Hungry and on the march as the climate heats up: Termites in Australia

Washington Post photo by Frances Vinall
Termite mounds stretch into the distance on either side of Stuart Highway in Australia’s Northern Territory.

TENNANT CREEK, Australia – In a forgotten restaurant behind a gas station in this country’s red center, only metal and plastic parts remain unscathed. Chris Cook grabs at a timber door frame, which crumples like paper in his hand.

“This has all just collapsed,” says Cook, a manager at Territory Pest Control in Australia’s Northern Territory. He eyes boards hanging in ragged pieces from the ceiling. Since he last visited the abandoned building three years ago, thousands of uninvited guests have been busy.

Washington Post photo by Frances Vinall
Chris Cook peels back the remaining wood on a door frame at the restaurant to look at termites.

The destruction at Galaxy Auditorium restaurant at Wycliffe Well – a tiny highway stop calling itself the “UFO capital of Australia” – is the destruction that could lie ahead for many places on the continent unless mastotermes darwiniensis can be stopped. These termites are the last survivors of an ancestral species that shared space with dinosaurs 150 million years ago. They’re voracious and relentless. And because of climate change, they, like their fellow kin, are expanding their range.

A study conducted on six continents and published in Science this fall revealed just how much termites love a warming planet.

“The extreme response was really surprising,” said Amy Zanne, a professor in tropical ecology at the University of Miami and the study’s lead author. She corralled more than 100 scientists to place blocks of wood at 133 sites around the world and then to measure the speed at which they were eaten in different climates. “We ran the numbers again and again,” she said.

Termites are crazy about heat, the study confirmed and quantified. For every 10-degree increase in temperature, their “wood discovery and consumption” increased almost sevenfold.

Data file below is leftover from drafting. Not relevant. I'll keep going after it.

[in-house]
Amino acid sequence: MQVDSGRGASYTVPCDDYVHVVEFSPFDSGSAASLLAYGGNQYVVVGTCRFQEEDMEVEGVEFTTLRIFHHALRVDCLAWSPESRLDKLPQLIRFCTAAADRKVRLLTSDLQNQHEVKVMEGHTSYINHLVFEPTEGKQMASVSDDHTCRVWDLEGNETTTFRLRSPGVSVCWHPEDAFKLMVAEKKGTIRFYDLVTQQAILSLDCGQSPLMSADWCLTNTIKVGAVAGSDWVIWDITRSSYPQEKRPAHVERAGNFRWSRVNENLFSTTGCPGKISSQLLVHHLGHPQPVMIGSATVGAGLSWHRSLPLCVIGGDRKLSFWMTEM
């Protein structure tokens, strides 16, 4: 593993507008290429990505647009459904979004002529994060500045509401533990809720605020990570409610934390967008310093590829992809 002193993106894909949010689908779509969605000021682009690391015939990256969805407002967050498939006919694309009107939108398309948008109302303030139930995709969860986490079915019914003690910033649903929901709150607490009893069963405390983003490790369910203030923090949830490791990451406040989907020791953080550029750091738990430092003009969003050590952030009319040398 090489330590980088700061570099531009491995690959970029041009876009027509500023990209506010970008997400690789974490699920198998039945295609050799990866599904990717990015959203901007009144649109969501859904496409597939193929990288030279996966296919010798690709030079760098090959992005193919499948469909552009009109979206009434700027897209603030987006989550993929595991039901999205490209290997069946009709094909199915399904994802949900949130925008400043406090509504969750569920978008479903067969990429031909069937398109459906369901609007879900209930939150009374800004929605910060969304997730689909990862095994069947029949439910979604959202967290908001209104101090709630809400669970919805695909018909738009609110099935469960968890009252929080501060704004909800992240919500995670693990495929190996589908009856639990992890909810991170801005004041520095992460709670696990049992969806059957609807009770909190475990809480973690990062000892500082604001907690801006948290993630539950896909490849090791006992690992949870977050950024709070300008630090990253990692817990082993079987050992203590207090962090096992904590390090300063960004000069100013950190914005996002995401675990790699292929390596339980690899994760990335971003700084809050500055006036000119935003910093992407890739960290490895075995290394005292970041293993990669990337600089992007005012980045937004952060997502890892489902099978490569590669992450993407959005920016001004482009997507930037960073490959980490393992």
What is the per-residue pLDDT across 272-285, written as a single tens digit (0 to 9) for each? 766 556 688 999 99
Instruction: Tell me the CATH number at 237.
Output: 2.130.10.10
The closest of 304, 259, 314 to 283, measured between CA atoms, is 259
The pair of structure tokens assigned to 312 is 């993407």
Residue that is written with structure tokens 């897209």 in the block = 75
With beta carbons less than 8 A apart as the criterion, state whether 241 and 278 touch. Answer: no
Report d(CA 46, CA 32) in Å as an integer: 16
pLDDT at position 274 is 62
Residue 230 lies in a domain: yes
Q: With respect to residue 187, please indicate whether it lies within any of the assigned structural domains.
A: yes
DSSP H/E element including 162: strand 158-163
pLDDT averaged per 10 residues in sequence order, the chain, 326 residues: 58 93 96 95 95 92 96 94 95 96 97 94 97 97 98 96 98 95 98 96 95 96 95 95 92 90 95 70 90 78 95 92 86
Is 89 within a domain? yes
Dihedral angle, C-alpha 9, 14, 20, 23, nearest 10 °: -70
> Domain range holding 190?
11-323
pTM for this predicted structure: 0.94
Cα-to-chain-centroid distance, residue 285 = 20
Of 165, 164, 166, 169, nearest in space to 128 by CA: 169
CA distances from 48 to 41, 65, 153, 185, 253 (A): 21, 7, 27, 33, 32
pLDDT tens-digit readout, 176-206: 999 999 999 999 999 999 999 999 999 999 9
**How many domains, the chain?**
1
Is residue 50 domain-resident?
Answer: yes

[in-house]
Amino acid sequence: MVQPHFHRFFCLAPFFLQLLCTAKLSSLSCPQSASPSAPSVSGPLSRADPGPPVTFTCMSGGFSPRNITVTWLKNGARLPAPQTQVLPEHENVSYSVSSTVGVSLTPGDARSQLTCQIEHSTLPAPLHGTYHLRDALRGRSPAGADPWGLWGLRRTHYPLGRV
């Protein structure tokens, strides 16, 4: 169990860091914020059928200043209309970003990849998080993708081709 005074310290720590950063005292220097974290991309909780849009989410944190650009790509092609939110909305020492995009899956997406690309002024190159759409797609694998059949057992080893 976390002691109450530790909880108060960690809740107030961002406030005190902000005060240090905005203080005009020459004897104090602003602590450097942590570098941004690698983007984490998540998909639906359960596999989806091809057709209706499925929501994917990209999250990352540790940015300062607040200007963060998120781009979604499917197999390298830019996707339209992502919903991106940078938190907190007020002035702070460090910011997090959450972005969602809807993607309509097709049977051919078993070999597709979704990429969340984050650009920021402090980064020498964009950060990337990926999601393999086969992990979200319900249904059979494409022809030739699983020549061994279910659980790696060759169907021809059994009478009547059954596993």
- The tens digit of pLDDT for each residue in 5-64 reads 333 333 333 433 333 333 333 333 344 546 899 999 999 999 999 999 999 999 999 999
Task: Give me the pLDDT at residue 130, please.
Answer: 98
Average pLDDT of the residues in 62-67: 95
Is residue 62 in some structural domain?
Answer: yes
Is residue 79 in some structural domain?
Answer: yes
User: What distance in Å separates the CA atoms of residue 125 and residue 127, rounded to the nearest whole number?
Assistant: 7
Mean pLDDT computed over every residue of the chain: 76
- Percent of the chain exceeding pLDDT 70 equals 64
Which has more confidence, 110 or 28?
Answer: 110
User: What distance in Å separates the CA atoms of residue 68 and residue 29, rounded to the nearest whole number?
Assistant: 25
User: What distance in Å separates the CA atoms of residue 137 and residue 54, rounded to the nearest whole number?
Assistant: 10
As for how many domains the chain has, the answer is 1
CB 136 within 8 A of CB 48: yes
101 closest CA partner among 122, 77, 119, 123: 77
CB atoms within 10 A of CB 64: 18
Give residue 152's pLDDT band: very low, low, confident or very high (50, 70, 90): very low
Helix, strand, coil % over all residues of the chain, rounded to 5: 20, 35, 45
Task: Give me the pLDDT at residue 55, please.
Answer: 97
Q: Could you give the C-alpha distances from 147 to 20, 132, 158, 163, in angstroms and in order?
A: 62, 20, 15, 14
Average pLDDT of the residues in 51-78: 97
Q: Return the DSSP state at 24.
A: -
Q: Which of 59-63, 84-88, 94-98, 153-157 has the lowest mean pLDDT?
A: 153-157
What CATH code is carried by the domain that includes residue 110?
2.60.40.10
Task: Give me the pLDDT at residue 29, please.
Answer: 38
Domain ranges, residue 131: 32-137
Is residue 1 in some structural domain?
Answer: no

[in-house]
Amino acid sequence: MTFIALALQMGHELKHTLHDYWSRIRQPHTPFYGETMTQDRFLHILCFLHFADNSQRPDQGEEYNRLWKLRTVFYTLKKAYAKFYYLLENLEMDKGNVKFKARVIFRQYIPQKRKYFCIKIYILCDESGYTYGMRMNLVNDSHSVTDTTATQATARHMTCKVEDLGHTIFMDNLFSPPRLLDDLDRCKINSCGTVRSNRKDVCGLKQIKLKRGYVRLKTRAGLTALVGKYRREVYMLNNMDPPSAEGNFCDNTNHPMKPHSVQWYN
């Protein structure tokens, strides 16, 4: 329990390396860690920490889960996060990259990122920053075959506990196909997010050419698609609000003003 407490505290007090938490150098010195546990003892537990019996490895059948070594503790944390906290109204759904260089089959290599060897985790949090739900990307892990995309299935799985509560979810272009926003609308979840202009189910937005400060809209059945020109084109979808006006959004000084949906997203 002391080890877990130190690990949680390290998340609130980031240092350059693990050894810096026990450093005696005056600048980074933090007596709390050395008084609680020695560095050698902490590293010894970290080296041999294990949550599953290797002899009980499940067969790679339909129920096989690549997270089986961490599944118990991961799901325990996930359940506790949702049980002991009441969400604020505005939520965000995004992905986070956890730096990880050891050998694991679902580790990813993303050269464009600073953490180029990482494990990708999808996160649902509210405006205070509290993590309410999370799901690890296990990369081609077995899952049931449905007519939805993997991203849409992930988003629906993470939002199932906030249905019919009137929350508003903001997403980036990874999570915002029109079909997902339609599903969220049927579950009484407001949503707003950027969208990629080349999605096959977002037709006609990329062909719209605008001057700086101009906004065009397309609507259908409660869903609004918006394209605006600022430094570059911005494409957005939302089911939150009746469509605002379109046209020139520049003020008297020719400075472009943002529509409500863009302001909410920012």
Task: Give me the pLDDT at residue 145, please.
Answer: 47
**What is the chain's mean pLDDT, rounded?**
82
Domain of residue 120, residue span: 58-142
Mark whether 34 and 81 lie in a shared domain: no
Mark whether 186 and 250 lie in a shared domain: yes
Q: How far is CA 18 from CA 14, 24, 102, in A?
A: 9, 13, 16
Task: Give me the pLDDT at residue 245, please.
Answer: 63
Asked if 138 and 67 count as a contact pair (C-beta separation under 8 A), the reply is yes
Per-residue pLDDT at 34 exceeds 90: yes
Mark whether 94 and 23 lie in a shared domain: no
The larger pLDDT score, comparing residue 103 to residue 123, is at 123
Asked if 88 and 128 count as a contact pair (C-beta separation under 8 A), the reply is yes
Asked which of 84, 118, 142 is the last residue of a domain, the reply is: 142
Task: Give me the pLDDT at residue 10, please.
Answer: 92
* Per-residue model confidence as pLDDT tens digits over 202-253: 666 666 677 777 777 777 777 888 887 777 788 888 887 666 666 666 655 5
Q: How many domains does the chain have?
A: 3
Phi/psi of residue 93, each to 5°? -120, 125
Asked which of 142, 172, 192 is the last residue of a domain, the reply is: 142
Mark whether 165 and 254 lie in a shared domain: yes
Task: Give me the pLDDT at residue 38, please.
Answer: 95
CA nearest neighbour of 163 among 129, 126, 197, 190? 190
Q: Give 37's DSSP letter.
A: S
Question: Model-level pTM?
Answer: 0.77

The Australian species is the most primitive of all termites, the closest to the root of the evolutionary tree. Also called “mastos” or giant northern termites, they have a breeding superpower: Almost any member of a colony can transform itself into the breeding queen if the previous monarch is felled. Not only that, they have a broad palate and have been known to eat lead, plastic, leather, ivory and asphalt. Cook once treated a colony that took to a concrete building’s water pipes and climbed eight stories.

The species has long been an infuriating part of life in the tropical north of Australia, the only place it once was found. But over the past two decades, it has started establishing itself farther south.

Cook spends his days driving thousands of miles across the often scorching Northern Territory. Tennant Creek – more than 10 hours from Darwin, the territory’s capital and the closest city – is the small community where he’s testing whether the termites can be blocked or at least contained with bait. The greatest worry is the impact they could have on the main town in Australia’s huge and isolated Outback: Alice Springs, population 25,000, directly in the line of their apparent advance.

“It’s a matter of when, not if,” Cook said of the prospect. “They’re going to get here, and when they get here they’re going to cause a lot of problems.”

Theo Evans, a biologist at the University of Western Australia who specializes in termites, said the giant northern termite first appeared about 20 years ago in the town of Ti Tree, 800 miles south of Darwin. It’s now a common pest there, chomping through structures and hollowing out the local palm trees, a particularly favorite meal.

Yet the pest control business has already treated damage several hours to the south, including in the remote Indigenous community of Papunya, which discovered its school under attack.

Temperature extremes are what have protected arid parts of Australia to date. In the country’s tropical zones, where the weather is reliably balmy, the giant northern’s gluttonous garrisons are plentiful. Like reptiles, the termites do not generate their own body heat but absorb it from the environment. Even in the tropics, when the temperature drops below 68 degrees, “these termites can barely walk,” Evans said. “It’s quite funny to see.”